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C++ noob here with an AS3 background. Currently making my way thru this book.

My understanding is that string is a member of the std namespace, so why does the following occur?

#include <iostream>

int main()
{
    using namespace std;

    string myString = "Press ENTER to quit program!";
    cout << "Come up and C++ me some time." << endl;
    printf("Follow this command: %s", myString);
    cin.get();

    return 0;
}

enter image description here

Each time the program runs, myString prints a seemingly random string of 3 characters, such as in the output above.

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2  
Just to let you know, a lot of people criticize that book. Which I can understand, because there isn't much about object-oriented programming, but I don't think it is as bad as people claim. –  Jesse Good Jun 2 '12 at 21:27
    
ouf! well, it's good to keep this in mind while i make my way thru the book. I'm sure it won't be the only C++ book i'll read over the course of the next year or so, so i hope it doesn't do too much damange :) –  TheDarkIn1978 Jun 2 '12 at 21:30
3  
Why are you using printf() in C++ its not type safe. –  Loki Astari Jun 2 '12 at 22:16
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3 Answers

up vote 49 down vote accepted

It's compiling because printf isn't type safe, since it uses variable arguments in the C sense. printf has no option for std::string, only a C-style string. Using something else in place of what it expects definitely won't give you the results you want. It's actually undefined behaviour, so anything at all could happen.

The easiest way to fix this, since you're using C++, is printing it normally with std::cout, since std::string supports that through operator overloading:

std::cout << "Follow this command: " << myString;

If, for some reason, you need to extract the C-style string, you can use the c_str() method of std::string to get a const char * that is null-terminated. Using your example:

#include <iostream>

int main()
{
    using namespace std;

    string myString = "Press ENTER to quit program!";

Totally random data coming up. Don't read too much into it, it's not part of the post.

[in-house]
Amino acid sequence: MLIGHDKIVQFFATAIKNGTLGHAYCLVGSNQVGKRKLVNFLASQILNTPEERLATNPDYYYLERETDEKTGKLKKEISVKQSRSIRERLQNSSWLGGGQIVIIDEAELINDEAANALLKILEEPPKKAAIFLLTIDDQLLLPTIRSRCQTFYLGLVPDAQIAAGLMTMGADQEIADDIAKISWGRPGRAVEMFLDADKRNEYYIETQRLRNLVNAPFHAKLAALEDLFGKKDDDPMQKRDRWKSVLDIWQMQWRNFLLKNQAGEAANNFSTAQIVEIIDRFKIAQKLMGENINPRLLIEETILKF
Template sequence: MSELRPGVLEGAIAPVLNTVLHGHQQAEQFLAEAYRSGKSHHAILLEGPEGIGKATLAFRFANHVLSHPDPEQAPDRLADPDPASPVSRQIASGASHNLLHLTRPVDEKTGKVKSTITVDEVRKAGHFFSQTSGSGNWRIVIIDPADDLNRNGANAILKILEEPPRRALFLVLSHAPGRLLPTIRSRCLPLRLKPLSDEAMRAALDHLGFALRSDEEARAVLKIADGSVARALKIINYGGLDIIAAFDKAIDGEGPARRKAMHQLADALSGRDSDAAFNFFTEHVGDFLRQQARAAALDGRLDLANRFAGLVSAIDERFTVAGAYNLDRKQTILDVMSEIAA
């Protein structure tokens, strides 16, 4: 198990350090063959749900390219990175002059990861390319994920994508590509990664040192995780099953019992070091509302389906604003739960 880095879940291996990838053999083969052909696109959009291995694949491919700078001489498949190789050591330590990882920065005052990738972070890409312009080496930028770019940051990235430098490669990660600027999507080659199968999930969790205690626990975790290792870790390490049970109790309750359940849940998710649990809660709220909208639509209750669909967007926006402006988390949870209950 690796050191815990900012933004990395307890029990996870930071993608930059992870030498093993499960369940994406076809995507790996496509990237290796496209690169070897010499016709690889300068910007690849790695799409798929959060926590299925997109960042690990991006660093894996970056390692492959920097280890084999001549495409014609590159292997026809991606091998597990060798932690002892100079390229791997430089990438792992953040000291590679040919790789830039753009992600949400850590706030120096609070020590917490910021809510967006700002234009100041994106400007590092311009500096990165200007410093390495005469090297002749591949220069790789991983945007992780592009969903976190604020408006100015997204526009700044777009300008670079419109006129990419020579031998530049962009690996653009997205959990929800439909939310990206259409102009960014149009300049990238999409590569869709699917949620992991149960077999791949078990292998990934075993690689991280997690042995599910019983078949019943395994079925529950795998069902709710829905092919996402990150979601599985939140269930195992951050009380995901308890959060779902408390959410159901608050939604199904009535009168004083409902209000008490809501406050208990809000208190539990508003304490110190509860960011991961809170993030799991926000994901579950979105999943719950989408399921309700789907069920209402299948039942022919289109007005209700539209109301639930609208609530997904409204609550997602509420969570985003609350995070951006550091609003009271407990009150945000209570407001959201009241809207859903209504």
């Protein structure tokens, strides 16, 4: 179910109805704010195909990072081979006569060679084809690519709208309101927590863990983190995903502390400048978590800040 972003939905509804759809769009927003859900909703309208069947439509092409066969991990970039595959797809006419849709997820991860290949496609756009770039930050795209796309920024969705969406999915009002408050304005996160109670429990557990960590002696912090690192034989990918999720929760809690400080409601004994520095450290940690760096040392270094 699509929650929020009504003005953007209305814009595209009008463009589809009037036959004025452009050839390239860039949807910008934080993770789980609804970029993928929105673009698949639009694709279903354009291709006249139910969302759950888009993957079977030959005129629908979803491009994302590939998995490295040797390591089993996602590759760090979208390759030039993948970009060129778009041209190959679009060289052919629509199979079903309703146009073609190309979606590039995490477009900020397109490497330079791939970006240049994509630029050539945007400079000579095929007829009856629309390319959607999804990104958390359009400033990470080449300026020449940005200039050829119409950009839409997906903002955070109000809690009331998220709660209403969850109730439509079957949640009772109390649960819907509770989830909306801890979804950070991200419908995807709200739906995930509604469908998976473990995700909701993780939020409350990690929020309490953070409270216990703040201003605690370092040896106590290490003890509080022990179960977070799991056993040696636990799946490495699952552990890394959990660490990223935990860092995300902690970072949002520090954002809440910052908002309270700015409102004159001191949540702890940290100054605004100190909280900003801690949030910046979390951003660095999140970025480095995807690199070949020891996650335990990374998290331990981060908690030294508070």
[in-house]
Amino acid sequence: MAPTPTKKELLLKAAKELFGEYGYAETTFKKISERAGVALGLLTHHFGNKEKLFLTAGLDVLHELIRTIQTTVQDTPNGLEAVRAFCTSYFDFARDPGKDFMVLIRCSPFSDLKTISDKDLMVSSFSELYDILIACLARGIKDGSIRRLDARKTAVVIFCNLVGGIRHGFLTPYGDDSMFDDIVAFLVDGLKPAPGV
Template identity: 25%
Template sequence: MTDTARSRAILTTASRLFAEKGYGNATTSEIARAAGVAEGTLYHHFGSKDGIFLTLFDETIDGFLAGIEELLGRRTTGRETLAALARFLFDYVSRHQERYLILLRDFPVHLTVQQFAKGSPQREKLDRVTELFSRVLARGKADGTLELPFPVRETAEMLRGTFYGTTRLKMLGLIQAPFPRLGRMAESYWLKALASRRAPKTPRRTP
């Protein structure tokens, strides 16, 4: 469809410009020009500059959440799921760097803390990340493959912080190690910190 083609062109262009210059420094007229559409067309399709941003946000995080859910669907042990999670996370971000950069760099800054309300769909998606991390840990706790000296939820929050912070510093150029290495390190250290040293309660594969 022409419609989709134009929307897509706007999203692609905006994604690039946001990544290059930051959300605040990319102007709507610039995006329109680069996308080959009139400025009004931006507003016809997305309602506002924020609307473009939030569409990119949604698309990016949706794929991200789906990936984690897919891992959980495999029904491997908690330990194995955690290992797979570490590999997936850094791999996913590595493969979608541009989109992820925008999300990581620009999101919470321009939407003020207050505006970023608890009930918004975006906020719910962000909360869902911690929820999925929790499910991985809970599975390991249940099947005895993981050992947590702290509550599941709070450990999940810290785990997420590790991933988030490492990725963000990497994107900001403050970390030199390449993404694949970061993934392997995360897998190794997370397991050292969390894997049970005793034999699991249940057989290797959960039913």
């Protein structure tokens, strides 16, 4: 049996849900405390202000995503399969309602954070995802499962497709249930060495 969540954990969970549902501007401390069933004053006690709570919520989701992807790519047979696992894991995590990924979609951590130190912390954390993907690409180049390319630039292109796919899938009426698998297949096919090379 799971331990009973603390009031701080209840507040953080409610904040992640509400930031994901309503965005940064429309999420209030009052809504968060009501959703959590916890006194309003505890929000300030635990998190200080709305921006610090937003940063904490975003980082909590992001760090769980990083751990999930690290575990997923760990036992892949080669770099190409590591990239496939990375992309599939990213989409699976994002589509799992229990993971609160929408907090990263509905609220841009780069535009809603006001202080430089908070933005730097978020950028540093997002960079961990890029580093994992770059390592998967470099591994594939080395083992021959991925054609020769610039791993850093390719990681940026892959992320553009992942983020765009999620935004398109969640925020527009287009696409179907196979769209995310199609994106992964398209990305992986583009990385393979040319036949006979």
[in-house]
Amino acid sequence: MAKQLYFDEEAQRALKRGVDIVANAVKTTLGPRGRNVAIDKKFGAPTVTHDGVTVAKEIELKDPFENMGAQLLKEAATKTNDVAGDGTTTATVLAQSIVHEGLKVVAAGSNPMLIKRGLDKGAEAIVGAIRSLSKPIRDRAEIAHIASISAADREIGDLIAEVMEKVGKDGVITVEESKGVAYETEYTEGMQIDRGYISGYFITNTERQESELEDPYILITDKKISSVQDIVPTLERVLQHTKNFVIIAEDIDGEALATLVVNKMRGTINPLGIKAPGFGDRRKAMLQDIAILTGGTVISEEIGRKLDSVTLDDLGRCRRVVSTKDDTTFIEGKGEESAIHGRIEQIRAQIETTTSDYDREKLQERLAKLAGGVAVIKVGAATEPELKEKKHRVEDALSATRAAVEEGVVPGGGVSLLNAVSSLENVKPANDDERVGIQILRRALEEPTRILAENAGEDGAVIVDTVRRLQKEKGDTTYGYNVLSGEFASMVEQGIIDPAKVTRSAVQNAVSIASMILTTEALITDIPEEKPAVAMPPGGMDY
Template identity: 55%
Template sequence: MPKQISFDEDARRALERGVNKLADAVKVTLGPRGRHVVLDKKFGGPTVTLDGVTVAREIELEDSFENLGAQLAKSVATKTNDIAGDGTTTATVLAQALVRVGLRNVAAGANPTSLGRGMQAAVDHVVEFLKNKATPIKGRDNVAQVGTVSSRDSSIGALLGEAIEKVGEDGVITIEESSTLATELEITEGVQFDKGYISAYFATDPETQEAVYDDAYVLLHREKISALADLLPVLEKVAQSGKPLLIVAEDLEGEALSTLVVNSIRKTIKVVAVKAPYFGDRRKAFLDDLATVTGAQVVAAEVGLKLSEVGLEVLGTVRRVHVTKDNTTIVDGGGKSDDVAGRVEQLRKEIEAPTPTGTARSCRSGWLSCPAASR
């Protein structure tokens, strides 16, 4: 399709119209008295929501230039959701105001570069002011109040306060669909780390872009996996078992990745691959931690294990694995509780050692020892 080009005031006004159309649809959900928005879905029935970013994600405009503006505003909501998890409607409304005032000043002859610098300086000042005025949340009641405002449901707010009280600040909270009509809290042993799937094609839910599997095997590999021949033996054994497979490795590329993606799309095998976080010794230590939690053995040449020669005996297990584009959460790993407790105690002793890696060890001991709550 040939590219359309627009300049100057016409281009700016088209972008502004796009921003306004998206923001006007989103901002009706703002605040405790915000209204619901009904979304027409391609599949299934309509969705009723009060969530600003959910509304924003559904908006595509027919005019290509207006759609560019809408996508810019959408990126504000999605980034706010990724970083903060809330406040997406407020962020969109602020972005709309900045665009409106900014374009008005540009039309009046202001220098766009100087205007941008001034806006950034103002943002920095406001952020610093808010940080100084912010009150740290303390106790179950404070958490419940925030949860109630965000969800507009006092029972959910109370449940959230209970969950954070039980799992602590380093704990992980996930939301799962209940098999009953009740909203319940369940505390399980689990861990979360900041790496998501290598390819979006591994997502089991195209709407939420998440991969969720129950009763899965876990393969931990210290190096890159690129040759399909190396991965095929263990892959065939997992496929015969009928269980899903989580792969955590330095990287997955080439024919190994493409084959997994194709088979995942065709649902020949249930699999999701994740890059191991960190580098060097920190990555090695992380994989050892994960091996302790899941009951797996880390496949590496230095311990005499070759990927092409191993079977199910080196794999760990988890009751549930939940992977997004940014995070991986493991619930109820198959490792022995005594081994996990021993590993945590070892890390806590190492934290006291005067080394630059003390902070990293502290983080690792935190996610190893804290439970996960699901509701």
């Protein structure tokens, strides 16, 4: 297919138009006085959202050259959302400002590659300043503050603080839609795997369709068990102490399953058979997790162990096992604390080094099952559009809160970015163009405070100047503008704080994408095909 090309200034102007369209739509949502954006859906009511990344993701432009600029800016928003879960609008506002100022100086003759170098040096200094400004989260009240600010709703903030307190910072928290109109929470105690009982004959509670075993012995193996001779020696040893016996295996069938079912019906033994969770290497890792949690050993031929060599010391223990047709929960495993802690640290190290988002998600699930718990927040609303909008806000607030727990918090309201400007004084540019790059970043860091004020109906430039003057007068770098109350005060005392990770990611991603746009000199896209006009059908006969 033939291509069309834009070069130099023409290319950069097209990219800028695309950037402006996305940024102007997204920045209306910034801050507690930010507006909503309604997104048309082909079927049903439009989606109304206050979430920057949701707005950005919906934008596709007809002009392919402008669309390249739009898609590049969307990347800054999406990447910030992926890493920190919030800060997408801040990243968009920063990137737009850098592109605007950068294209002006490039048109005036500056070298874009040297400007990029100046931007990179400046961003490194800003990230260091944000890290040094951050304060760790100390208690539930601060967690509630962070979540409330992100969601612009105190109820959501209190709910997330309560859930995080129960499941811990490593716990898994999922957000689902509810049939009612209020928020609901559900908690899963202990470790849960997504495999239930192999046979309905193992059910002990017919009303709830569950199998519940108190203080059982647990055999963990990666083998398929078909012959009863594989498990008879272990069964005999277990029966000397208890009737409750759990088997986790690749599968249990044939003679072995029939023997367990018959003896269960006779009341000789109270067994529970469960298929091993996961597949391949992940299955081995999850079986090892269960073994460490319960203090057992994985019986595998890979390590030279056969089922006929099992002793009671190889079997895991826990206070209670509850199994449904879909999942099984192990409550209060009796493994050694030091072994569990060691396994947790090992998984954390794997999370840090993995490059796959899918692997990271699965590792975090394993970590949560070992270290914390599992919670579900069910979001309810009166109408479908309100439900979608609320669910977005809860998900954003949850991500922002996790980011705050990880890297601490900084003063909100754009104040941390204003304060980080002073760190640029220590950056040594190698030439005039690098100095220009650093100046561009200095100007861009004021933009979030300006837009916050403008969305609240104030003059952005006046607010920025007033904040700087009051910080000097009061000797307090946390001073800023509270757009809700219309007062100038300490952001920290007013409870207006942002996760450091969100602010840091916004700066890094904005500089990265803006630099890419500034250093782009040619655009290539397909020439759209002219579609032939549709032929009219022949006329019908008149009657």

cout << "Come up and C++ me some time." << endl;
    printf("Follow this command: %s", myString.c_str()); //note the use of c_str
    cin.get();

    return 0;
}

If you want a function that is like printf, but type safe, look into variadic templates (C++11, supported on all major compilers as of MSVC12). You can find an example of one here. There's nothing I know of implemented like that in the standard library, but there might be in Boost, specifically boost::format.

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no mention of using cout for the string as well? –  Mooing Duck Jan 9 '13 at 1:08
    
@MooingDuck, Good point. It's in Jerry's answer, but being the accepted answer, this is what people see, and they might leave before seeing the others. I've added that option in so as to be the first solution seen, and the recommended one. –  chris Jan 9 '13 at 1:11
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use myString.c_str() if you want a c-like string (const char*) to use with printf

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Please don't use printf("%s", your_string.c_str());

Use cout << your_string; instead. Short, simple and typesafe. In fact, when you're writing C++, you generally want to avoid printf entirely -- it's a leftover from C that's rarely needed or useful in C++.

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when i try to compile cout << myString << endl; i receive the following error: Error 1 error C2679: binary '<<' : no operator found which takes a right-hand operand of type 'std::string' (or there is no acceptable conversion) –  TheDarkIn1978 Jun 2 '12 at 21:39
7  
@TheDarkIn1978: You probably forgot to #include <string>. VC++ has some oddities in its headers that will let you define a string, but not send it to cout, without including the <string> header. –  Jerry Coffin Jun 2 '12 at 21:39
    
that i did forget (actually didn't know about)! thanks :) –  TheDarkIn1978 Jun 2 '12 at 21:41
2  
@Jerry: Just want to point out that using printf is MUCH faster than using cout when dealing with large data. Thus, please dont say that it is useless :D –  Programmer Feb 5 '13 at 16:00
2  
@Programmer: see stackoverflow.com/questions/12044357/…. Summary: most times that cout is slower, it's because you've used std::endl where you shouldn't. –  Jerry Coffin Feb 5 '13 at 16:55
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